The idea that ‘a woman’s work is never done’ is a concept that I’m sure many can relate to.
In this day and age perhaps it’s more appropriate to say that a person’s work, regardless of gender, is never done as men don their aprons and chip in with the housework.
And now a female artist and former care worker has responded to the notion that so-called ‘women’s work’ is light and easy by stitching callouses, lines and rough patches into her hand.
Eliza Bennett, 33, has breathed new life into the term ‘hand embroidery’ with her eye-watering project A woman’s work is never done.
Listing the component parts of her work as flesh and thread Eliza painstakingly highlighted rough patches onto the palm of her hand and her fingers using an embroidery needle and silk threads to create the appearance of a work-worn hand.
“The title of the piece is meant ironically, to highlight our tendency to ascribe genders to particular roles and activities,” the London-based artist explained.
“Some viewers mistake the piece for a feminist protest, but I don’t think of it like that, it’s about human value.
“After all, there are many men employed in caring, catering and cleaning – all jobs which is invisible in wider society and traditionally considered to be women’s work.”
EYE-WATERING: Eliza stitching into her hand using embroidery silks
Eliza created the piece back in 2011 but it’s only now, three years on, that her piece is being recognised, with emails of support flooding in from across the globe.
She said: “When I left university I was very disillusioned by the fashion industry and, because I did my degree in art, I was a bit stuck about where to take things.
“I worked in the care sector for two-and-a-half years as a gap between leaving university and what I was doing next and that experience left an impression on me.
“I am aware that families put relations in care for all sorts of reasons and I’m not criticising them for making that difficult and often necessary decision.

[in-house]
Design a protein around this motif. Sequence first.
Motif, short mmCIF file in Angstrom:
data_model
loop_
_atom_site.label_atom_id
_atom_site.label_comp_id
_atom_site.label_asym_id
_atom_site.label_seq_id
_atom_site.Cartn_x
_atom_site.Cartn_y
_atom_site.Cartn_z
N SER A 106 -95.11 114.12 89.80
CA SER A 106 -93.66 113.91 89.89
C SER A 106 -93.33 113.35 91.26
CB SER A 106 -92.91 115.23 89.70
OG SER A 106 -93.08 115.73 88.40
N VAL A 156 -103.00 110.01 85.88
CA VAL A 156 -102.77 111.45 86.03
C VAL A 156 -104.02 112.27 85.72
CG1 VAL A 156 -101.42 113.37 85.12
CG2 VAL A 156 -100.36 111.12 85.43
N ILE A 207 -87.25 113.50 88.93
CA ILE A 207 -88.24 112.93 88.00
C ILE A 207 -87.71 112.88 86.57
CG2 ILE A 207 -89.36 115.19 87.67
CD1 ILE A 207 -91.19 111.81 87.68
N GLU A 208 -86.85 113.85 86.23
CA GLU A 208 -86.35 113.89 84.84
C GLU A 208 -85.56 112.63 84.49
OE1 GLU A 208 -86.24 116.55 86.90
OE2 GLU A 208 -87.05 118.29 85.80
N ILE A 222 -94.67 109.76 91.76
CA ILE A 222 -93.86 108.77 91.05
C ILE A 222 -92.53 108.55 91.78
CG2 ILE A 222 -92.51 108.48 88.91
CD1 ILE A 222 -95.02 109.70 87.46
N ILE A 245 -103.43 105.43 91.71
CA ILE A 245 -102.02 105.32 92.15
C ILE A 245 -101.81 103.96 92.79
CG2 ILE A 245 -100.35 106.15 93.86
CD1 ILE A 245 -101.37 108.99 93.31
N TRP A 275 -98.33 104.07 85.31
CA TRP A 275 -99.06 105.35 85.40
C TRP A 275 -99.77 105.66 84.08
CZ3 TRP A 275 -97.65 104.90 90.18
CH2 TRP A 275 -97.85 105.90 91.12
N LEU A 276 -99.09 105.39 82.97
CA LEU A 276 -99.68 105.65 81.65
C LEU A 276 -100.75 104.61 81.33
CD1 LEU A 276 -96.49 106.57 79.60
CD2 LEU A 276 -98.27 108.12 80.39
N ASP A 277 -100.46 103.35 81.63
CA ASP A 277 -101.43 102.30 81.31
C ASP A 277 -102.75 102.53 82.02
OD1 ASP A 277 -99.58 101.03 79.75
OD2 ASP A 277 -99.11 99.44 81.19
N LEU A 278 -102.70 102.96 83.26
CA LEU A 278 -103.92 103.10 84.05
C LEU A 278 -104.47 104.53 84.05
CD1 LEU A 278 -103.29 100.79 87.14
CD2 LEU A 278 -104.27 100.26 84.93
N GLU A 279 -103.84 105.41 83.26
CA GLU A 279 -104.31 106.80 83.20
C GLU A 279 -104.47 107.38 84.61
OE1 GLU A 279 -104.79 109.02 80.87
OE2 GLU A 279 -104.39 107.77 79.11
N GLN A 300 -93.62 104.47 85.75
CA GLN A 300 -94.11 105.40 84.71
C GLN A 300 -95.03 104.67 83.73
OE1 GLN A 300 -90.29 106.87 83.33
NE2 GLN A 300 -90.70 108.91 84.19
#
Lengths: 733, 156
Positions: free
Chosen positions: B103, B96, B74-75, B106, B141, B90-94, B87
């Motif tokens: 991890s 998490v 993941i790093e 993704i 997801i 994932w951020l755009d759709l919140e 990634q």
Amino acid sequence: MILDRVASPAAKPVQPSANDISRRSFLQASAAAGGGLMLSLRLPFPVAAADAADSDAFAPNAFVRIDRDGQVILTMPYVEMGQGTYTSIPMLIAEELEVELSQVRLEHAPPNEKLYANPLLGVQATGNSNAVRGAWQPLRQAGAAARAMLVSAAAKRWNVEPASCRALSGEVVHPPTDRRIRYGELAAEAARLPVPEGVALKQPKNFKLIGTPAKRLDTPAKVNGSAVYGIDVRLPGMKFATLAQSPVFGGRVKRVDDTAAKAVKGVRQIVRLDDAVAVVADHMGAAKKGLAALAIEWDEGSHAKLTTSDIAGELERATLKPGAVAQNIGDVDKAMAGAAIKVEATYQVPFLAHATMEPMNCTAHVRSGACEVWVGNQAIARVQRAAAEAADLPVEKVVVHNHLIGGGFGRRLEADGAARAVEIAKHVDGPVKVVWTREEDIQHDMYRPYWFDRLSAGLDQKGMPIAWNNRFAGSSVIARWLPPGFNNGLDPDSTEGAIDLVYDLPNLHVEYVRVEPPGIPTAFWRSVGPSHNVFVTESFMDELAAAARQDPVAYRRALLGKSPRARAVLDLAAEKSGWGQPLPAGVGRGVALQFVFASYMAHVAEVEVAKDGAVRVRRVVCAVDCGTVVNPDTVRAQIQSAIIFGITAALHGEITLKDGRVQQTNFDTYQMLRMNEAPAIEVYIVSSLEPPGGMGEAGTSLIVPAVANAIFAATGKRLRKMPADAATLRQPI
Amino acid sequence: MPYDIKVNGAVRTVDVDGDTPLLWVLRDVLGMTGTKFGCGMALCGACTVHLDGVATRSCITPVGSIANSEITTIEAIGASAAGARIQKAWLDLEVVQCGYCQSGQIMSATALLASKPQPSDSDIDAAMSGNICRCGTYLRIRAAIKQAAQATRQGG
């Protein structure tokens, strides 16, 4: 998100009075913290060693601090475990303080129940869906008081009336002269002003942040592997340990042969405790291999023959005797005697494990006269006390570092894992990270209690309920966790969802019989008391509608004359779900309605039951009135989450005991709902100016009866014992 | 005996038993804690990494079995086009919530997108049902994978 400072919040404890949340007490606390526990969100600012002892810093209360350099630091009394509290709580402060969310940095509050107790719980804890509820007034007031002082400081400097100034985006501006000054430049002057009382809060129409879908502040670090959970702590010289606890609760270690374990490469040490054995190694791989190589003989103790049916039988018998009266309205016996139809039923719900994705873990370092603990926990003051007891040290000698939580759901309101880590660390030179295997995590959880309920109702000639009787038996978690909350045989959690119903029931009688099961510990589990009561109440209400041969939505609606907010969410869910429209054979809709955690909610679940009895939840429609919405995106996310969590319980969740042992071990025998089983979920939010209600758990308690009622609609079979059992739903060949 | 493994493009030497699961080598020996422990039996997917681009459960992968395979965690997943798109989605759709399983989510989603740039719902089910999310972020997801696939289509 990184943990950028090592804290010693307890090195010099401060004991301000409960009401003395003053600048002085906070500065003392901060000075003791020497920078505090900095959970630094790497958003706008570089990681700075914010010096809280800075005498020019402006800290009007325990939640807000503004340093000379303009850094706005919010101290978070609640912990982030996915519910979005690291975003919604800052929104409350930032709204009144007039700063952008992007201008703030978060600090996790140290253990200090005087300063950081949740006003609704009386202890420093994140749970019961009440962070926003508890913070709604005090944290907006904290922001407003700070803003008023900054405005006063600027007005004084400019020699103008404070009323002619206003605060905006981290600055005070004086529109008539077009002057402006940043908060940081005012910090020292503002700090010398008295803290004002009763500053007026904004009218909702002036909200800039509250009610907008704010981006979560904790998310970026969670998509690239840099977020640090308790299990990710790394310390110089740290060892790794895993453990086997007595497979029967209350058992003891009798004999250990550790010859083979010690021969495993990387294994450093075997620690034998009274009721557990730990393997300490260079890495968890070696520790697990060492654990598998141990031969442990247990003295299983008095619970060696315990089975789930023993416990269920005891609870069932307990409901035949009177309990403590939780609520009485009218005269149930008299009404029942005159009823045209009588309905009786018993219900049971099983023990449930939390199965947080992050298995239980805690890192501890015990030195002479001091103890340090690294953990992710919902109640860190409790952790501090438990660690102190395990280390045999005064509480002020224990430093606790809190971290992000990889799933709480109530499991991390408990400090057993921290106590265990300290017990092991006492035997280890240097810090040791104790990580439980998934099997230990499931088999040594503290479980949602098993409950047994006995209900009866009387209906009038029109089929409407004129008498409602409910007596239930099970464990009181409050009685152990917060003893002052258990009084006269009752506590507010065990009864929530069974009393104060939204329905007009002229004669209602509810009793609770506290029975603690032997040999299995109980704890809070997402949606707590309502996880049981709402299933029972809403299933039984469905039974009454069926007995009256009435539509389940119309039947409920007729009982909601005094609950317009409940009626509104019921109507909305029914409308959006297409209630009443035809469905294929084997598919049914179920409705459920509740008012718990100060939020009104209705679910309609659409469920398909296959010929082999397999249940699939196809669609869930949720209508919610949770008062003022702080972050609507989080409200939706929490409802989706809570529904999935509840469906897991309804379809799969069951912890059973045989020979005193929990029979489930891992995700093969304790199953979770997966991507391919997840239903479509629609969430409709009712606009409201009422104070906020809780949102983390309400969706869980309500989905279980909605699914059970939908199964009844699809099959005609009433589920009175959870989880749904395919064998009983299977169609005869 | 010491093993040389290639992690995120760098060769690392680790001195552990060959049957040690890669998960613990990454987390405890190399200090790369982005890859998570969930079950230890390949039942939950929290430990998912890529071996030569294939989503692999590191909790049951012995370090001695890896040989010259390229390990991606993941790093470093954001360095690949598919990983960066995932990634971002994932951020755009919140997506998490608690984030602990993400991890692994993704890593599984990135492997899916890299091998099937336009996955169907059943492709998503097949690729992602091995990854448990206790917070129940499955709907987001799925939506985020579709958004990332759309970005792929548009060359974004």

“But I get so frustrated when I hear one-sided reports demonising carers for the incredibly emotionally and physically-challenging work they do.
“If there is truth in the saying ‘you get what you pay for’ then is it any wonder that there are people employed in caring roles that are not fit for it?
“We would do well to remember the countless others providing the best support and care they can under the exhausting circumstances of understaffing and low pay.
This experience, coupled with reading the Polly Toynbee book Hard Work: Life in Low-Pay Britain, reinforced the disparity between people working in those kinds of jobs, the pressures and the dreadful pay rates and compelled her to undertake the work.
OUCH! Sore-looking callouses, rough patches and lines sewn into skin
The process itself took many hours and was completed over two days in order to produce the attention to detail.
“I hadn’t felt squeamish while doing it, it’s not painful as it’s just under the couple of layers of skin, it was only when I finished and it was done that I thought ‘actually this feels really horrible’, the Midlands-born artist revealed.
“It was very frustrating, simple things like washing my hands became really difficult. I couldn’t wait to get it out and spent hours unpicking it using a very thin embroidery needle.”
Her family and friends had mixed responses to the work, but Eliza insists that she didn’t do it for shock value – merely to create a dialogue with the viewer.
She said: “I’m aware that often my intention for the piece is overlooked, that of applying a ‘feminine’ technique to create a work-worn unsettling piece, and it appears to have been received by some as a form of egocentric self-harm.
“This troubles me, as much as it makes me laugh. In terms of self-harm I wonder why when we modify ourselves to fit an idea of accepted beauty it’s ok, but such strong reactions abound when a modification that is outside of accepted norms occurs.
“Why do people feel the need to validate their reactions by making assumptions, rather than questioning why they are reacting that way?”
Eliza admitted she gets uncomfortable talking about these issues as she’s not qualified to, either within the care or art industry, but feels she can respond to things that move her and things she wants to talk about through her artwork.
“It makes a really bold statement and it’s nice to see that the piece has opened up that dialogue that I was just having with myself.
“I’ve had comments from as far away as Palestine which have all been really encouraging. I’m sure there are negative comments out there but I haven’t spent any time looking for them, saying that I’m sure some people will think it’s pointless!”